LUBBOCK, Texas — A recent study released by the American Journal of Obstetrics and Gynecology, conducted by Brigham and Women’s Hospital and Massachusetts General Hospital, found that vaccinated pregnant women and breastfeeding mothers pass along COVID-19 antibodies to their babies.
This information is crucial for helping breastfeeding mothers and pregnant women make decisions for both their personal health and their baby’s.
“We have had some mothers that have decided to get the vaccine, we’ve had some mothers that have decided to hold off,” said Angela Westfall, Lactation Consultant at Covenant Health.
With pregnant women and breastfeeding moms left out of the initial vaccine trials, many have been debating getting vaccinated.
“We feel like our place is just empowering mothers to look at the information and make the best decision for them,” said Westfall. “Because the same decision is not the best for everybody necessarily.”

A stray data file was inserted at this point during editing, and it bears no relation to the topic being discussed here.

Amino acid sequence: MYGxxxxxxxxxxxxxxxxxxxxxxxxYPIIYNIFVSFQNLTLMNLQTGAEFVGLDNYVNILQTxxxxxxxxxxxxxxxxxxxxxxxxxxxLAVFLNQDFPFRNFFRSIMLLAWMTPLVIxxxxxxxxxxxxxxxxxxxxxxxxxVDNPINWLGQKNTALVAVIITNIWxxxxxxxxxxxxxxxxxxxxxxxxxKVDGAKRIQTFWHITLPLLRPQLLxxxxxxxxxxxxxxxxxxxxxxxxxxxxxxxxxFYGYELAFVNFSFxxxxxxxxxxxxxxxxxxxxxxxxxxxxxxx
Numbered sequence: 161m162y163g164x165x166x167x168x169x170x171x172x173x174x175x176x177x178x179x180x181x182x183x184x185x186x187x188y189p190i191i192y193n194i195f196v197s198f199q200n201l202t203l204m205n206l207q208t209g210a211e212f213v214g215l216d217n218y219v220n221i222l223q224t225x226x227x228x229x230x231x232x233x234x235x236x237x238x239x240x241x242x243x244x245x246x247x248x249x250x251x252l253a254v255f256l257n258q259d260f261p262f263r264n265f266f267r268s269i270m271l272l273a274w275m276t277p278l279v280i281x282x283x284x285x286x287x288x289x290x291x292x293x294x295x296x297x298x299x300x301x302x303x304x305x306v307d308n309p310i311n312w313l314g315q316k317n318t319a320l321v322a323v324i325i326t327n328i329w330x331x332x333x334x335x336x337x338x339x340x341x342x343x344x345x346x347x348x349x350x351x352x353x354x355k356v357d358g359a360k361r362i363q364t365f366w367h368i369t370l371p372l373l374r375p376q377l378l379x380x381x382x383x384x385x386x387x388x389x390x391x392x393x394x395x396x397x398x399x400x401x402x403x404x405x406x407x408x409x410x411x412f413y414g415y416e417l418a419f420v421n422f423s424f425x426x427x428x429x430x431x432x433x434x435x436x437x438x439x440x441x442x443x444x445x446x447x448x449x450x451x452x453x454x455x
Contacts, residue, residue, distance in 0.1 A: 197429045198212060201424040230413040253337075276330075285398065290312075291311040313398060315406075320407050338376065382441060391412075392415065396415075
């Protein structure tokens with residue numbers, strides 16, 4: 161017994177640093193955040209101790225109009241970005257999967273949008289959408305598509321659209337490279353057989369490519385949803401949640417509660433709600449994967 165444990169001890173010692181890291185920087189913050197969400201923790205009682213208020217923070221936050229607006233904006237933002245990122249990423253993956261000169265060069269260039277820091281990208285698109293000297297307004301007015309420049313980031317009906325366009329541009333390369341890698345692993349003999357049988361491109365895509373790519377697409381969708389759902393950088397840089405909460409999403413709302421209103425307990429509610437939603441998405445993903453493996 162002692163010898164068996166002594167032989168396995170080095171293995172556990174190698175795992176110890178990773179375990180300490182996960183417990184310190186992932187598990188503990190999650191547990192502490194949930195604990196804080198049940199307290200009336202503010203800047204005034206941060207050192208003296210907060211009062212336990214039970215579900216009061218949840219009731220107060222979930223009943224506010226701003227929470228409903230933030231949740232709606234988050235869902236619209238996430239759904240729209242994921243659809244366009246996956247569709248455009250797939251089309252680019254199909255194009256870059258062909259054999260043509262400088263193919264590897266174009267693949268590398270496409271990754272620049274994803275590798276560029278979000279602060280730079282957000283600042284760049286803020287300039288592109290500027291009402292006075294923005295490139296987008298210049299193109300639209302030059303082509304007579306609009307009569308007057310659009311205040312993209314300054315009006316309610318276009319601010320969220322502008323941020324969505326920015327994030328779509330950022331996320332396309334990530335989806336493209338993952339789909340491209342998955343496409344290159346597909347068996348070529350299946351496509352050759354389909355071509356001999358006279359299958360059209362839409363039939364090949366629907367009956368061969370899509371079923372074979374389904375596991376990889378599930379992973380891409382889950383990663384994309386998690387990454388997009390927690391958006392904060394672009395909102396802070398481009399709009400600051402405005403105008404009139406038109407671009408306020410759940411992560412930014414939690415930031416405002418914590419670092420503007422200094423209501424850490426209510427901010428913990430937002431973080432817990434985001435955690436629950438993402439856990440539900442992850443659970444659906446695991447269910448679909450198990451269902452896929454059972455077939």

The recent study vaccinated 131 pregnant, lactating and non-pregnant women with the Pfizer and Moderna vaccines.
“It’s very clear that immunization of a pregnant mom transmits the, first of all safety for the mom, and then also transmits the safety protection to babies in utero,” said Chief Medical Officer of UMC Dr. Mike Ragain.
The study cited that antibodies were found in the umbilical cord of all samples tested – allowing both the pregnant mother and her baby to benefit from the vaccine.
“They also detected presence of antibodies in the breast milk,” said Dr. Ragain. “When babies are breastfeeding, they get some of their immune support from the mom’s breast milk, especially early on. And so that’s really a good sign.”
However, the study’s relatively small size still leaves some questions on how safe the vaccine is for pregnant and breastfeeding moms.
“This study was designed to say, does it work? Yes, it does work. Then the question is, is it harmful? And we don’t know the answer to that fully yet,” said Dr. Ragain.
Dr. Ragain explained that the previous vaccine trials have given us promising information so far about overall vaccine safety for the general public — and he hopes that will transfer over to pregnant women and breastfeeding mothers.
COVID-19 has already proven to be dangerous for pregnant women and can even put them in the hospital. Although it will take a lot more studies to concretely answer the question of vaccine safety, this is a step in the right direction.
“The best thing to do is talk with their personal physician, because that personal physician knows their history so well,” said Westfall.